Last year we discovered a new game; Moonlighter.
We watched a trailer for this delightful little dungeon crawling shopkeeper game and straight away we knew that it was our kind of game. It was reasonably cheap for a physical copy, so we went ahead and ordered a copy.
When it arrived, I was knee-deep in We Happy Few, and although I was really into it and wanted to finish it, (it had been on my ‘to-play’ pile for a long time), I couldn’t wait to get Moonlighter going. Luckily I could stick it in to install and still play We Happy Few for a bit.
Once it was installed I was in there.
When the game starts you find yourself in a dungeon – one that looks like it’s straight out of Zelda: A Link to the Past – you’re in control of the main character Will, and you have to fight your way through a few screens of enemies until you get overwhelmed. At this point, you’re unsure as to whether you’re supposed to fight or just give in so this bit was a cause of much confusion.
When you’re pulled out of the dungeon, you find out that you’re tasked with running your grandfather’s shop Moonlighter, but that Will harbours a secret yearning to become an adventurer and hero.
The way that the game separates the two tasks is quite good, by allowing you to adventure at night and then run your shop during the day – which you need to do, to earn money, to upgrade your gear so you can fight your way through the dungeons.
It’s such a simple premise when you think about it, but it works so well and is extremely enjoyable.
The shop bit is a fun addition to what may have been an average dungeon crawler. Not only do you sell the things you find in the dungeon, but you also have to adjust prices to customer demand and even do tasks for them. It’s all about fine-tuning your selling price and not flooding the market with a particular item. Oh yeah, and there are thieves you need to stop whilst your busy serving customers…bastards.
Along with upgrading your weapons and gear, you can also buy upgrades for your shop to allow you to buy more selling and storage space. There are also several upgrades for the town where your shop is situated, businesses like potion shops and blacksmiths that will help you along your dungeon adventure.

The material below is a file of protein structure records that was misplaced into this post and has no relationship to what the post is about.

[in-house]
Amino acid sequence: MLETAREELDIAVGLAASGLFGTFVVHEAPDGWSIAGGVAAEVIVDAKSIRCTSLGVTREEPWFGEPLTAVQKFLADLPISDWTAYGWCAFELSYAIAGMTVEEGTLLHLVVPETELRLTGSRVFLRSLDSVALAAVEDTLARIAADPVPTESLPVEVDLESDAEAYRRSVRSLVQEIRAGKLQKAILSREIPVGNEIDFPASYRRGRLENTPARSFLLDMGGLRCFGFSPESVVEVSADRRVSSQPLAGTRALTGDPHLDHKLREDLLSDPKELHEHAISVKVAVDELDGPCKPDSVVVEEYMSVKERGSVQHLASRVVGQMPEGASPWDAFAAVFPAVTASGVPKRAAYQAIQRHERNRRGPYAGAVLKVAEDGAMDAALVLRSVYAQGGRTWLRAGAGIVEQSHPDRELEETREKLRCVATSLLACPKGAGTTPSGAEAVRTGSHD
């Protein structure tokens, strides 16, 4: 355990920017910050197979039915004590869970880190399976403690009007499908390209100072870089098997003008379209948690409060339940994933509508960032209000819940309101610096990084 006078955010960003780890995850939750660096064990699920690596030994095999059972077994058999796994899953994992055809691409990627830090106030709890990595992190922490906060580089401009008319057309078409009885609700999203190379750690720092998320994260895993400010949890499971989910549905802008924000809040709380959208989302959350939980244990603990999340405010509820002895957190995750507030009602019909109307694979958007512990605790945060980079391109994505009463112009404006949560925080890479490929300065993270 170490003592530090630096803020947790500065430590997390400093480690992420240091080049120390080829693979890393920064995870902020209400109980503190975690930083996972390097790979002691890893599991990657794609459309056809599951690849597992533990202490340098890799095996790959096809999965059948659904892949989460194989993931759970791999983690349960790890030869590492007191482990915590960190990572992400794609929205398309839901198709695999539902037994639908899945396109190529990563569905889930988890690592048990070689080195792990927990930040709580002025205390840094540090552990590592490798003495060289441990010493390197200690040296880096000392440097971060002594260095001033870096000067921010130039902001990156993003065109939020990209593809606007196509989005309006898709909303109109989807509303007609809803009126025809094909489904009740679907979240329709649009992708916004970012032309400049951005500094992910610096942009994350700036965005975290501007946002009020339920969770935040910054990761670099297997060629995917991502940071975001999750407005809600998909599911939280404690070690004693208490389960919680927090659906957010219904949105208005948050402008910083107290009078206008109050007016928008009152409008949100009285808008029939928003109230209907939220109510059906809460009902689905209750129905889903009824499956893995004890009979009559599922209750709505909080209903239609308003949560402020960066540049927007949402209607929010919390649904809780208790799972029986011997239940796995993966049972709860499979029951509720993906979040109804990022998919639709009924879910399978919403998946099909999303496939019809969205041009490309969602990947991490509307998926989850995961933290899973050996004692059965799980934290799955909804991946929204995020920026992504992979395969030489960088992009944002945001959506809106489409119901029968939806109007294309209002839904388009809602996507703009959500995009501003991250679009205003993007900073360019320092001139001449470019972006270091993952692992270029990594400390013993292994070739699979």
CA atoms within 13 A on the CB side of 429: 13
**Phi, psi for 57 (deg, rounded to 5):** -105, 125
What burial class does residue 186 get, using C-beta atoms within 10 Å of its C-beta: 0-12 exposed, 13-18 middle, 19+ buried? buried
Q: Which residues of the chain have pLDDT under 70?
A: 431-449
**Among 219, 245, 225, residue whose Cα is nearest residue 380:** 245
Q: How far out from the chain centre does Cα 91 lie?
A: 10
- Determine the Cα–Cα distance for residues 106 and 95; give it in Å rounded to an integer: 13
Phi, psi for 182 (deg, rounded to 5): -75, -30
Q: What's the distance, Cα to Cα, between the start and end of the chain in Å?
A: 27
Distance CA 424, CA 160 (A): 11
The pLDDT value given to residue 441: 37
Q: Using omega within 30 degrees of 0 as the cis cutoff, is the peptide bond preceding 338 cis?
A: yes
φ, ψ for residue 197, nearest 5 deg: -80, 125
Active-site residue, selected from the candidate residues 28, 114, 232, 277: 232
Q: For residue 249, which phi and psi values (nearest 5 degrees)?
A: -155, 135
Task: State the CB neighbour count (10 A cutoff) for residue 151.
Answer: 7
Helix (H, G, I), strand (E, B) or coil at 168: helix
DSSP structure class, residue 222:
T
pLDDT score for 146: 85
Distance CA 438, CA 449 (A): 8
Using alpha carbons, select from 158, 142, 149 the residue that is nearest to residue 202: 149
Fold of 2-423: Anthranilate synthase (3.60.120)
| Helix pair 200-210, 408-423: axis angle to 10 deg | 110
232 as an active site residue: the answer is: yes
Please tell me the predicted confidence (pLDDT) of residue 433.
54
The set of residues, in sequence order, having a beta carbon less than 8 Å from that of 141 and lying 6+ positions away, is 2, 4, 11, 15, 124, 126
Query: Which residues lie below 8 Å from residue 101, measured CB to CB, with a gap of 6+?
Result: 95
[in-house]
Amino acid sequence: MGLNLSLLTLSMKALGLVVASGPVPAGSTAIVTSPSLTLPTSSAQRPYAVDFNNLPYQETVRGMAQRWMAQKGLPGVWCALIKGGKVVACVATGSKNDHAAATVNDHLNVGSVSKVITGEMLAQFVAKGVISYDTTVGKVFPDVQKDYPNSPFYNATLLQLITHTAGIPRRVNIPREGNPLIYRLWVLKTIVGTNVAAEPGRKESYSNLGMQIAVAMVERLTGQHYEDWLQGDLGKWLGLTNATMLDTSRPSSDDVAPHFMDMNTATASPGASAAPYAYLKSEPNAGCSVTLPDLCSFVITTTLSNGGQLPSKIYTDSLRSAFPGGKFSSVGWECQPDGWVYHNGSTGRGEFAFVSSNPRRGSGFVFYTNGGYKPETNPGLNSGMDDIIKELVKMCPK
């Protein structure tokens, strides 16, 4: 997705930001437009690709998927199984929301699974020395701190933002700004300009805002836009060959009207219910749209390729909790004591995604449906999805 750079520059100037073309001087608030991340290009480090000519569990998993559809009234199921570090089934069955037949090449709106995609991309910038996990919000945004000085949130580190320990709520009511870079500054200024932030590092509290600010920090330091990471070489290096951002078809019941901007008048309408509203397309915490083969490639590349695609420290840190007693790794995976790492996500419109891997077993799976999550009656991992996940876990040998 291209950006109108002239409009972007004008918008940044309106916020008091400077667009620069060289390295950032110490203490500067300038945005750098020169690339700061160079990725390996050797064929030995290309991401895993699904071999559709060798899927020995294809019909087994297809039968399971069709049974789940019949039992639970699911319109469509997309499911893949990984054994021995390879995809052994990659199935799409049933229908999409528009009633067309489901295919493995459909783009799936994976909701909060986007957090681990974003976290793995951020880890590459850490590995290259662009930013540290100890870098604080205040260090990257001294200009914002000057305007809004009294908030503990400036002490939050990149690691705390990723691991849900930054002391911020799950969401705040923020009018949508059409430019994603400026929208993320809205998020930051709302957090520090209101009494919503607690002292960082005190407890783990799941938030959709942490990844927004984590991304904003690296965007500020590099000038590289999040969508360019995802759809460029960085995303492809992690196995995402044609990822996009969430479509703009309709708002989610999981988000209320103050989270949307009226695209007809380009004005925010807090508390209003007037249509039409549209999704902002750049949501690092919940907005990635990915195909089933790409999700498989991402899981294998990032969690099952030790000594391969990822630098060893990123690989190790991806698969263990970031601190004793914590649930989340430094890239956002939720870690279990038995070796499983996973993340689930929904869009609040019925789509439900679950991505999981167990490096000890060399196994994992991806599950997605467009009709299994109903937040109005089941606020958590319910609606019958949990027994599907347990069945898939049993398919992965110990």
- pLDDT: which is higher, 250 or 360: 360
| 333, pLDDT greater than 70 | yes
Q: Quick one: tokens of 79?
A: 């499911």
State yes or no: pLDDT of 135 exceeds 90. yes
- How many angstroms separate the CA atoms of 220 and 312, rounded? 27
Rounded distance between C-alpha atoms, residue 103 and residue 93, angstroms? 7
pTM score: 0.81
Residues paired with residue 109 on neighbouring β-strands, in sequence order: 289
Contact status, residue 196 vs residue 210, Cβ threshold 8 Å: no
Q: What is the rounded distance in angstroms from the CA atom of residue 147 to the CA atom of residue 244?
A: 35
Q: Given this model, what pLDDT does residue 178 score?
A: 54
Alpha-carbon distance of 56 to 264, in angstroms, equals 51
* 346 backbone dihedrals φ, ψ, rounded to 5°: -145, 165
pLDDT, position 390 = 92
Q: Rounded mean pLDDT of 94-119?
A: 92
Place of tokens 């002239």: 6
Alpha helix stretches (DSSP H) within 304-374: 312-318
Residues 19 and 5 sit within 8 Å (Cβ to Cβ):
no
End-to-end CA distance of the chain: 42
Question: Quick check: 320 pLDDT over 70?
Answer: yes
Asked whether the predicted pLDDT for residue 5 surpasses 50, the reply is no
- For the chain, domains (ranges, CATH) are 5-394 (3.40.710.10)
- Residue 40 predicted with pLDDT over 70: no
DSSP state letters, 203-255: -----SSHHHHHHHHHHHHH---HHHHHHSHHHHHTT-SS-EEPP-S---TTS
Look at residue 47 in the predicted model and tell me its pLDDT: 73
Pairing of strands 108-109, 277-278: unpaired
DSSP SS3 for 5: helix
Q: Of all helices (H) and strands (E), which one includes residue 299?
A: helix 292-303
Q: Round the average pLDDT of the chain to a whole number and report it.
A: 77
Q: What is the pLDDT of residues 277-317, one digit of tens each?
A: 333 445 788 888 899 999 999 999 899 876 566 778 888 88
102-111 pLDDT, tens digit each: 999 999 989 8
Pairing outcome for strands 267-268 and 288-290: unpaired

The dungeon side of things is all simple. There are 4 types of dungeons which have various kinds of enemies of varying difficulties. As you complete one dungeon by defeating the boss, the next one opens up to you.
Inside the dungeon, there are a total of 3 floors (including the boss at the end of the third) in which you need to get through. You don’t have to get through them all in one go as you gain a pendant that will allow you to save your progress, leave the dungeon, and then go back later. This is useful as the one thing that you can’t upgrade through the game is the size of the bag you carry that stores the items you pick up through the dungeons. This is good in a way because it makes you think about what you’re picking up and making space for the more valuable items, customer quest items, or things you need for the upgrades.
Throughout most of the game, you’re on your own in the dungeons. But there are eggs that you can pick up, that hatch a little buddy. This buddy will follow you around and help you fight enemies.
We enjoy a good trophy hunt and Moonlighter provides some fun trophies to get, some of them are a little on the hard side due to not being able to save and redo bits. In particular the ones where you have to kill the bosses without being hit; this requires a lot of practice, and another where you have to kill each boss by using your trusty broom for the last hit. The platinum may be just out of reach to all but the seasoned adventure, but if you’re so inclined it does add the extra playability after you’ve finished the main story.
Overall, Moonlighter is excellent. It’s not too taxing and is quite a good stress reliever with its retro graphics, slow pace, and soothing soundtrack. For the price that this game is, it’s well worth it and maybe a bit more. I would definitely give this ⭐️⭐️⭐️⭐️⭐️ and recommend it to anyone that asked.